Taking New York off the Silver Screen

Most people who haven’t been to New York still have a picture of it in their head – a picture that might depend on their favorite films. It might be the Ghostbusters grappling with supernatural forces on top of an art-deco skyscraper, or King Kong batting away the fighter planes from Empire State Building – or Audrey Hepburn or Meg Ryan falling in love atop the same building. It all depends on what sort of films you like. For me, it’s Woody Allen scurrying among the brownstones and waving his hands while he tries to explain himself to a woman who he has outrageously betrayed – and succeeding. It’s not a picture of America – it’s a picture of the very specific nation-within-a-nation that is New York. And it’s a picture with a soundtrack – from West Side Story to New York, New York, most memorably sung not by Frank Sinatra but by the Gremlins.

From that point outwards, other impressions will spring to mind – yellow cabs and their fast-talking drivers, water hydrants spraying the streets in summer, a whole panoply of different food from bagels to pizzas to submarine sandwiches. And places – Chinatown, Central Park, Greenwich Village – where Bob Dylan first played – Fifth Avenue, Brooklyn.

So of all the places in the world we haven’t been to, we know more about the New York than anywhere else. But we also know it’s a tough-talking, fast-moving kinda place – a place where visitors might easily get lost or worse. Although most of us might feel a visit to New York is one of the most essential experiences in life – how, indeed, can anyone claim to have seen the world without seeing the city that never sleeps? You need to be well-prepared.

Sightseeing in New York City

Even if you move there for the rest of your life, you won’t see everything. So you’ll need to plan, to avoid being swept along on the tide of bright lights and persuasive salespeople. But you’ll also need to be flexible and open to things that come along. Seasoned tourists know the most memorable experiences happen out of the blue. You might miss your trip to the Guggenheim because you get caught up in a street parade. So what? Maybe after a few busy of sightseeing in New York you decide to cancel everything to laze around in Central Park – and that’s the day you remember for the rest of your life.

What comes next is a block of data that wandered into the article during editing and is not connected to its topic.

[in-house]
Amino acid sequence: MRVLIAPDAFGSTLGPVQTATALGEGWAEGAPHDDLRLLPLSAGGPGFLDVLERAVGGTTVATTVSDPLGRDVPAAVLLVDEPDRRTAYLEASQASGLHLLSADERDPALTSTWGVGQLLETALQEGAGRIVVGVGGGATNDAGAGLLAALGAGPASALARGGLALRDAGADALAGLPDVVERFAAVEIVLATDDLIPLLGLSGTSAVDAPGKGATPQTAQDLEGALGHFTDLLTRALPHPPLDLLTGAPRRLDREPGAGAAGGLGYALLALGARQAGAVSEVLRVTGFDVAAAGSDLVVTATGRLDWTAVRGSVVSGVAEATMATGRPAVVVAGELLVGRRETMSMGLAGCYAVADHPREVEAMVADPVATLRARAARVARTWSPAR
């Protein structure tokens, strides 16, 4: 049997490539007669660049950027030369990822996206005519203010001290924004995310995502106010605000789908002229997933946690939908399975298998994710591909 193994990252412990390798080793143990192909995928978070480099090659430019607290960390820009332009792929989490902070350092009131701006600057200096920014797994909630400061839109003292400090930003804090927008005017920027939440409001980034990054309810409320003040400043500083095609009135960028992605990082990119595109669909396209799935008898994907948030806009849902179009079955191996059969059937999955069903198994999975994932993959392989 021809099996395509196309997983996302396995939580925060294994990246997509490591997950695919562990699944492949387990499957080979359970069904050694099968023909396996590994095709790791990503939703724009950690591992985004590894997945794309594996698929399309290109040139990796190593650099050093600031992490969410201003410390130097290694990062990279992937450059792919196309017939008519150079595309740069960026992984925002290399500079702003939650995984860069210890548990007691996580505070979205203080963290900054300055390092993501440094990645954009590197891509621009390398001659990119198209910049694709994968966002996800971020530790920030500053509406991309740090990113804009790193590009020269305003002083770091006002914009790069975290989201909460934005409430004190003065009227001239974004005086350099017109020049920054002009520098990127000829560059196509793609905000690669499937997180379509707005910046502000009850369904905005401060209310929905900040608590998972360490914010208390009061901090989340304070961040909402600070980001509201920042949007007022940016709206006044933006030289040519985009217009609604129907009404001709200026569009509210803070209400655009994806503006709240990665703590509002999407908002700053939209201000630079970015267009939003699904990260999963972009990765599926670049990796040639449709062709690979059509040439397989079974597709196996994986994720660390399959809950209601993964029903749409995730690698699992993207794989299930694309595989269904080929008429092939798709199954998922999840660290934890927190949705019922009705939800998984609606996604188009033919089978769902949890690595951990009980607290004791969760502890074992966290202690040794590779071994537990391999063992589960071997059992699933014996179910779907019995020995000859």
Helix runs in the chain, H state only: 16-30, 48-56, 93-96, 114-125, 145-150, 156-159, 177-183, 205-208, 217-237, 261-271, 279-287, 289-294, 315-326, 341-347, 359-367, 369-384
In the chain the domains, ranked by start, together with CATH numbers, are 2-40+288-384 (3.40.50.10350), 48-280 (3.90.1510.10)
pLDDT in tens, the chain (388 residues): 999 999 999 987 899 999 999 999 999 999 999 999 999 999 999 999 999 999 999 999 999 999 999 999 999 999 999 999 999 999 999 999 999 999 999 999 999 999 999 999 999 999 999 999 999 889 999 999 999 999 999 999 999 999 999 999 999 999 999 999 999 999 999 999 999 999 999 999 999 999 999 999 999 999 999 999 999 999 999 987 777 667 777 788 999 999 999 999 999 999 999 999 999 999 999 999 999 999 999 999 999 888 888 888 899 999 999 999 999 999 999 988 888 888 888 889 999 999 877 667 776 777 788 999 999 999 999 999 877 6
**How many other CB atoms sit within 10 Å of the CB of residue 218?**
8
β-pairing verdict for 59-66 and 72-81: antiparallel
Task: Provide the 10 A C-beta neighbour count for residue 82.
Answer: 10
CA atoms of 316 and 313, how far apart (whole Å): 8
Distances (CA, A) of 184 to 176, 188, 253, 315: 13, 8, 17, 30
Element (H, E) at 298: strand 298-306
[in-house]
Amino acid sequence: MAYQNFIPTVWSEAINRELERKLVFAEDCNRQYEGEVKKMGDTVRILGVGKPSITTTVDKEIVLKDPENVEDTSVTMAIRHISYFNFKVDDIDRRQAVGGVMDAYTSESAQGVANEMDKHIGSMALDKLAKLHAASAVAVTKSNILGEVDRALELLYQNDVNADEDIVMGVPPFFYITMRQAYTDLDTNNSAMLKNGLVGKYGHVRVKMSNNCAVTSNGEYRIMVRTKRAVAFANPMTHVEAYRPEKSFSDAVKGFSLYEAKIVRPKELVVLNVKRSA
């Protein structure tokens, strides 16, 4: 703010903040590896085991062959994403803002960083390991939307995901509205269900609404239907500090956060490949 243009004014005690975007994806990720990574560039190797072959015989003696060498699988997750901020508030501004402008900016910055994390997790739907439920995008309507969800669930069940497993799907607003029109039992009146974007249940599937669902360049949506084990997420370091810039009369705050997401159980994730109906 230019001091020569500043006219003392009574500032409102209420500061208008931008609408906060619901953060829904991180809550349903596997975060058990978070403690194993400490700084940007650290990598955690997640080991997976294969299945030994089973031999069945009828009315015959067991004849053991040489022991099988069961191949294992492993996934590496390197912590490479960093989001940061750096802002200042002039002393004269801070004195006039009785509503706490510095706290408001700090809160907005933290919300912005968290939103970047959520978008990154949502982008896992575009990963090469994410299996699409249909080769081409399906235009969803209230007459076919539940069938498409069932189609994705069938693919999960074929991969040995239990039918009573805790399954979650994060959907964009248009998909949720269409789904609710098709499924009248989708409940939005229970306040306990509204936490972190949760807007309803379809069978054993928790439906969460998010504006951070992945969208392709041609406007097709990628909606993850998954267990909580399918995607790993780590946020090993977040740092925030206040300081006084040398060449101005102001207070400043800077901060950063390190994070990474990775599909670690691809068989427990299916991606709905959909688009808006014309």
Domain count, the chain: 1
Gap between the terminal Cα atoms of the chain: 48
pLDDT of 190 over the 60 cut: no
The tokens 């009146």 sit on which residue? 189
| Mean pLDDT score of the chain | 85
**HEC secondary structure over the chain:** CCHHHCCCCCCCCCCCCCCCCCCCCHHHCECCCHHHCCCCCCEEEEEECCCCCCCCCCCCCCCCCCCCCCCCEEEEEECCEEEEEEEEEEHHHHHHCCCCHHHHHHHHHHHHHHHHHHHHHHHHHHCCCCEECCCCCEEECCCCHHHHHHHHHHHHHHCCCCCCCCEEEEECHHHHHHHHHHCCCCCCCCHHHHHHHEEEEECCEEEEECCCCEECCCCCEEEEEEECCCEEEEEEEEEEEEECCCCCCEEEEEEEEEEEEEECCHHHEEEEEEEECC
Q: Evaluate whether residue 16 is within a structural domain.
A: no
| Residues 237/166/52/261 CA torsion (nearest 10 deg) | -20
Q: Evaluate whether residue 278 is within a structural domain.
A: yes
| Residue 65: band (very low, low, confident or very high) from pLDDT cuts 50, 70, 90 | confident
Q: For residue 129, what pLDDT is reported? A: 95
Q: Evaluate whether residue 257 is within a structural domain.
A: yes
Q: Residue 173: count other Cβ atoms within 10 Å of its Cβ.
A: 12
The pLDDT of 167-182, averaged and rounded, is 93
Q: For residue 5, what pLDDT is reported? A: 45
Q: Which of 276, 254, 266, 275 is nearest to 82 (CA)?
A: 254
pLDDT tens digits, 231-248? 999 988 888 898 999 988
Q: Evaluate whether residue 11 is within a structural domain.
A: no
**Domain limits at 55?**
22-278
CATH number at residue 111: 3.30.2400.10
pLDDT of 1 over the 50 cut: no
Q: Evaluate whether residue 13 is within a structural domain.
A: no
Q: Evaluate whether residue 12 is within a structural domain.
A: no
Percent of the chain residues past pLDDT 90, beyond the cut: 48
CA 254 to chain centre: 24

New York City Hotels

Visitors shouldn’t forget they are holiday-makers first and tourists second. Be on holiday – it’s the main thing.
But you’ll still need the basics in place. A reliable, well-placed New York hotel to go back to is probably the most important. It needn’t be a big part of your experience; given the place you’ve really come to see it outside the front door. But the hotel still has the potential to become a big part of your experience if it’s poorly-serviced, unfriendly or in the wrong place. A big, bad part of your experience. You’re choosing a place you’ve never seen in a city you’ve probably never been to – so it will be difficult to have any certainty without some help from people that know the city.

Then there are all the little details that could make the difference between feeling at home and feeling out of place. What if you leave and everyone who has served you has made you feel bad – just for the sake of not knowing who should tip them? Or getting stuck on the wrong side of town because you can’t figure out the travel system? Or shopping in the wrong place and paying more than you had to? Or missing one of your favorite performers because you didn’t know they were playing?

This where local knowledge comes in – the more you have, the more welcome you will feel and the better time you will have. And the Internet provides better access than ever before; with http://blog.newyorkjourney.com/“>New York travel blogs like New York Journey’s one providing a stream of up-to-date insider knowledge. With information at your fingertips, it’s time to take New York off the silver screen and see it for yourself. Who knows, you might end up starring in a movie all of your own!